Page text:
Hong Kong Egg Waffles (sometimes referred to as egg puffs, eggettes or bubble waffles) is a popular street dish. The sweet, waffle-like batter is cooked in a special mold. The end result is a waffle with crisp edges and soft oval “eggs” or “bubbles” which can be easily broken off for snacking.
I made these successfully a few years ago, but it’s definitely been a while. We had some friends visiting this weekend and they expressed interest in wanting to try my egg waffles. I haven’t made the snack since moving and I hadn’t figured out the right setting with me new stove, so the ones I made for them weren’t as pretty as I had hoped.
For the mold, I purchased a Nordic Ware Egg Waffle a few years ago, as it was the only option I could find. It cooks on the stove top, so you do need some time to fiddle around and figure out the ideal temperature and cooking times for your own stove. But it works pretty well. (Update: I’ve been informed by several people that there is now a plug-in version, which I am tempted to buy as it is easier to operate and slightly cheaper.)
Unsatisfied with my Saturday results, I spent most of Sunday researching recipes and playing around with different cooking times. After about a dozen waffles (Mr. K was having way too much fun eating all the rejects), I finally had some pretty ones to show off.
I have yet to be able to get an entire one uniform in color. I think this is because the pan does cook on the stove top and so the heat distribution is not completely even. The commercial ones seem to have more success because they are built like traditional waffle irons that you plug in and cook and it heats evenly across the pan. These are still super tasty and fun though!
After so many trials, here are some tips I’ve learned for the best results:
* Let the batter sit for an hour before cooking.
* Evaporated milk is a key ingredient. I tried substituting it with regular milk and the consistency of the batter isn’t the same. It made the batter thinner and stick to the pan.
* Custard powder is another key ingredient that effects the softness of the waffles. I use Bird’s custard powder which can be found at Fresh & Easy or Amazon. I’ve also had successful results substituting with vanilla pudding powder mix, but I like using custard powder when I can.
* Tapioca starch is also a key ingredient. I’ve seen some recipes that use cornstarch which often is a substitute, but I felt like the results were better with tapioca starch. You can find it in Chinese grocery stores, near the glutinous rice flour, potato flour, etc.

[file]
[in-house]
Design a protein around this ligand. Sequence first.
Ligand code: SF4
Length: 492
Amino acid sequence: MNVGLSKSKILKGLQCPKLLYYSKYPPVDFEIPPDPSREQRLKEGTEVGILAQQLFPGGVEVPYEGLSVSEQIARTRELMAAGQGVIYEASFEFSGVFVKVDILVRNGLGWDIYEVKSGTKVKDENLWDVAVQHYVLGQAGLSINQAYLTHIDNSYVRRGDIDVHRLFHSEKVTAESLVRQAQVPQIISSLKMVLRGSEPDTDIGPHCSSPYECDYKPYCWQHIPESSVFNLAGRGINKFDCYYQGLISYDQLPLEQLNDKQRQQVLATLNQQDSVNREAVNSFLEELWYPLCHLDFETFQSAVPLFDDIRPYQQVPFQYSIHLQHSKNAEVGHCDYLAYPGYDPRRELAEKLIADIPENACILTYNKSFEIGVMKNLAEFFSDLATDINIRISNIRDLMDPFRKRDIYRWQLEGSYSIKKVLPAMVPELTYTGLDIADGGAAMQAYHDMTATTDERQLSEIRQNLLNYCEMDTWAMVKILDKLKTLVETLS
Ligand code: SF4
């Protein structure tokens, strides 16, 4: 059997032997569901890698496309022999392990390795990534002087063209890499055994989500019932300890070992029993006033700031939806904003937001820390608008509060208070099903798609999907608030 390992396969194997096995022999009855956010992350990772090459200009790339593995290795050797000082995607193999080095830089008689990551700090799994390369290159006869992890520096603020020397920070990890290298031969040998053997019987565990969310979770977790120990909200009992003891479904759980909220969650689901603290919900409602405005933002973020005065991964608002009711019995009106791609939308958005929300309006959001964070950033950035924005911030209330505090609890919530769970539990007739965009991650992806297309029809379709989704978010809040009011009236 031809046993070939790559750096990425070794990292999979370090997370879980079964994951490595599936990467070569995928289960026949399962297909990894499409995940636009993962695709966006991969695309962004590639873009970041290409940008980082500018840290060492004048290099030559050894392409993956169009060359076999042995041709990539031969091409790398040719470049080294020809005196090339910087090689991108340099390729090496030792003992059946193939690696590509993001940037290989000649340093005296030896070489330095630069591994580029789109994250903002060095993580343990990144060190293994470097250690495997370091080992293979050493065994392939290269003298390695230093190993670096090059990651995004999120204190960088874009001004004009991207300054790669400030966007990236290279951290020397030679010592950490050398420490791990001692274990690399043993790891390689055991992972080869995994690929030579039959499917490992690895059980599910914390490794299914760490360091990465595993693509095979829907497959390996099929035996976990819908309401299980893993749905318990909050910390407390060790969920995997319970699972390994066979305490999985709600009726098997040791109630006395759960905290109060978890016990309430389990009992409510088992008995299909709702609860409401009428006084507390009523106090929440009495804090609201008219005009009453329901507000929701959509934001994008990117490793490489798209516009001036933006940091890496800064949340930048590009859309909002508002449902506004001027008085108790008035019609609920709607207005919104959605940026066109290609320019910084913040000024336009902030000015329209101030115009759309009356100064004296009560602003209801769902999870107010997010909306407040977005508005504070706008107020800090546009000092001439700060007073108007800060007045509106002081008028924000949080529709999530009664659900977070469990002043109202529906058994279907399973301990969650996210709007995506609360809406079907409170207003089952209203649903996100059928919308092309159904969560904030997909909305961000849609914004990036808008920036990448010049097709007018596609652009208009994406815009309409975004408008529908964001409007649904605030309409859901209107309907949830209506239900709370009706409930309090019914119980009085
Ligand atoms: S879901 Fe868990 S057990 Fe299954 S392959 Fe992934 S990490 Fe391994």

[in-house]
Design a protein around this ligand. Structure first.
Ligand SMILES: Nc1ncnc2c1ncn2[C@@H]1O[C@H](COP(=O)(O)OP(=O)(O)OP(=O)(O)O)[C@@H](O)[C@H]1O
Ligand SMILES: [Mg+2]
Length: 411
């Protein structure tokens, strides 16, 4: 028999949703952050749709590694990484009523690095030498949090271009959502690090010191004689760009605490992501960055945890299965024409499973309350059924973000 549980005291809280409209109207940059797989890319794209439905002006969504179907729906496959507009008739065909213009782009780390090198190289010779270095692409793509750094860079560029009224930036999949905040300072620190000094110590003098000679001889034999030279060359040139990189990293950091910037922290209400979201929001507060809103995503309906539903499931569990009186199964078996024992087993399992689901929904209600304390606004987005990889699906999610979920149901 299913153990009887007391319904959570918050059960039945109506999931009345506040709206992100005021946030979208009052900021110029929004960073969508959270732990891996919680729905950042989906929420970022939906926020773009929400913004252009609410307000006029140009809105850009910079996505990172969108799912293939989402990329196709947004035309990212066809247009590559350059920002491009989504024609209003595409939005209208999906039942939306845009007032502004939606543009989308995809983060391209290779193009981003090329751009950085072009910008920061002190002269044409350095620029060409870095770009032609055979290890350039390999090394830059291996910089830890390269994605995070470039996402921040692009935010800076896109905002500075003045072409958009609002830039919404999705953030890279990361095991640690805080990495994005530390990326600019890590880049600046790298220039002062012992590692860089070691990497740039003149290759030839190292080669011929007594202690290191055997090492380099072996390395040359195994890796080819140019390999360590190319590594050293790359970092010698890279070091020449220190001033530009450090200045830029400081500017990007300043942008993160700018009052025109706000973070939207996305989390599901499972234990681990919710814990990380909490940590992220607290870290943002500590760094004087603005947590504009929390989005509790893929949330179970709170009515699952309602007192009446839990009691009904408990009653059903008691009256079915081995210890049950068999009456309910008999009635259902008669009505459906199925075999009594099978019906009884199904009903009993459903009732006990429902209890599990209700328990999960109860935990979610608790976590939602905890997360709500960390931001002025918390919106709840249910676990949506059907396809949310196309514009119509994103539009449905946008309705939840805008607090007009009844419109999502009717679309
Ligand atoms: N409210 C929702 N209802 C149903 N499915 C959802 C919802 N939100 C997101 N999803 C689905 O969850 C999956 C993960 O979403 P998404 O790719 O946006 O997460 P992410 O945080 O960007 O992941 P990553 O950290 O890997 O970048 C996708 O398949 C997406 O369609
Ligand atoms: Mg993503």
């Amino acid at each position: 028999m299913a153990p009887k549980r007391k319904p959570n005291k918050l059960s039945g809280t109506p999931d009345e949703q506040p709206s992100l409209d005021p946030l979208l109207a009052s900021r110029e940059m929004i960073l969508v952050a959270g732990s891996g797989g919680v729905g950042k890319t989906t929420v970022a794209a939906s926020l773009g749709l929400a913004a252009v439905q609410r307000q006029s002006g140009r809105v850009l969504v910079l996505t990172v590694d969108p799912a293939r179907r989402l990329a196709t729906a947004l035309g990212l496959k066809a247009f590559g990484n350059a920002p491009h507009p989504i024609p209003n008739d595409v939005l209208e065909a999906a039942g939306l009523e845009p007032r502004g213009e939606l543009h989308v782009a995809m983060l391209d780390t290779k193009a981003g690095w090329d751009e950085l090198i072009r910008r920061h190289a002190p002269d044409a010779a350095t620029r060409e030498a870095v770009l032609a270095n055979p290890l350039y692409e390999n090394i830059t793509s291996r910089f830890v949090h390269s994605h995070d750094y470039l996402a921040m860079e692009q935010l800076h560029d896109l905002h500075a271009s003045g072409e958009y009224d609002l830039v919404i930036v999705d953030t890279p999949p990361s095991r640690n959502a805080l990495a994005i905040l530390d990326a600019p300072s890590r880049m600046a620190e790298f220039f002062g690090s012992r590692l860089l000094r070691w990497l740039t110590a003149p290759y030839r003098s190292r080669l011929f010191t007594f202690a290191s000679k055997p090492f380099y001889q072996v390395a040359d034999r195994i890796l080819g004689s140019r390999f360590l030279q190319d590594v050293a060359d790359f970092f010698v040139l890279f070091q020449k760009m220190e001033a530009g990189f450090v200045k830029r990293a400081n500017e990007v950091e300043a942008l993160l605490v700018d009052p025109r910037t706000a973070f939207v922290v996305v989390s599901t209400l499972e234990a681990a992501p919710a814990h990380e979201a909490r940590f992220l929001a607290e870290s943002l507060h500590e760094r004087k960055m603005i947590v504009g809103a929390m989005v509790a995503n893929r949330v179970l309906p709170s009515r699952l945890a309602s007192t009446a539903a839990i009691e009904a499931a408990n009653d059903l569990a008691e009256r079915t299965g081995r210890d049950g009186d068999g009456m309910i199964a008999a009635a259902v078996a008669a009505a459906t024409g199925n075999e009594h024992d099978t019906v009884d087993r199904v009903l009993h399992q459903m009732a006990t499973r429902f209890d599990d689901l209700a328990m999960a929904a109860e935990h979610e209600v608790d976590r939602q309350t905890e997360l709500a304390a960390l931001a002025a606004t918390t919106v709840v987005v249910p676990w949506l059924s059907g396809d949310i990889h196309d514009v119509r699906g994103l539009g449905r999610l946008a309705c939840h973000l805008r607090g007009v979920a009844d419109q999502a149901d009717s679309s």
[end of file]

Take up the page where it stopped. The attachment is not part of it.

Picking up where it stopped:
* The first waffle will be a throwaway one. Similar to your first pancake, the first one will be pale, might not come out in one piece, etc.
* Make sure you preheat both sides of the pan first before you start and brush oil on both sides. When your pancake is ready, slowly peel it out, starting from one end and with some help, you should be able to get it out in one piece. It usually rolls up a little as it start to come out of the mold and it’s often served rolled up since it is a street dish.
* It may take a few tries before you find the ideal cooking temperature and time. Mine needed about 4 minutes on each side, but flipping at 2-minute intervals.
Hong Kong Egg Waffles
- 1 cup all-purpose flour
- 1 tsp baking powder
- 1/2 tbsp tapioca starch
- 1 tbsp custard powder
- 2 large eggs
- 2/3 cup granulated white sugar
- 2 tbsp evaporated milk
- 150 ml water
- 1 tbsp vegetable oil
- 1 tsp vanilla extract
- In a large bowl, add all ingredients and mix with a whisk until only very small lumps remain. Set batter in the fridge for one hour.
- Read instructions on whether your pan can be placed directly onto stove or if it needs a wire rack and do accordingly. Pre-heat each half of the waffle pans on medium-high heat until hot (about 1-2 minutes).
- Lightly brush each pan with vegetable oil (don't use spray). Turn heat to medium (I set mine at dial at 4).
- Pour 3/4 cup of the batter into the middle of the egg waffle pan and then immediately flip pan, making sure to hold pan together tightly so it doesn't leak. Cook for 2 minutes, then flip to other side and cook for 2 minutes. The egg waffle will now require one more cook on each side. Timing may vary depending on stove, but mine needed 2 more minutes on each side. (You first waffle will like still be pale yellow and may have cooked unevenly. Like the first pancake, this is your throwaway one. The ones after should look light brown when they are finished.)
- Remove the side of the pan the finished egg waffle is clinging to, and hold it above a plate with the waffle upside down. Using a chopstick or spoon, gently loosen it from the pan, starting on the top edge, using gravity to help it release. It will start to curl as it falls off and you should be able to get it out in one piece (except for the first waffle).
- Repeat with the remaining batter (re-greasing pans first) and then serve immediately.
The nutrition information provided are only estimates based on an online nutritional calculator. I am not a certified nutritionist. Please consult a professional nutritionist or doctor for accurate information and any dietary restrictions and concerns you may have.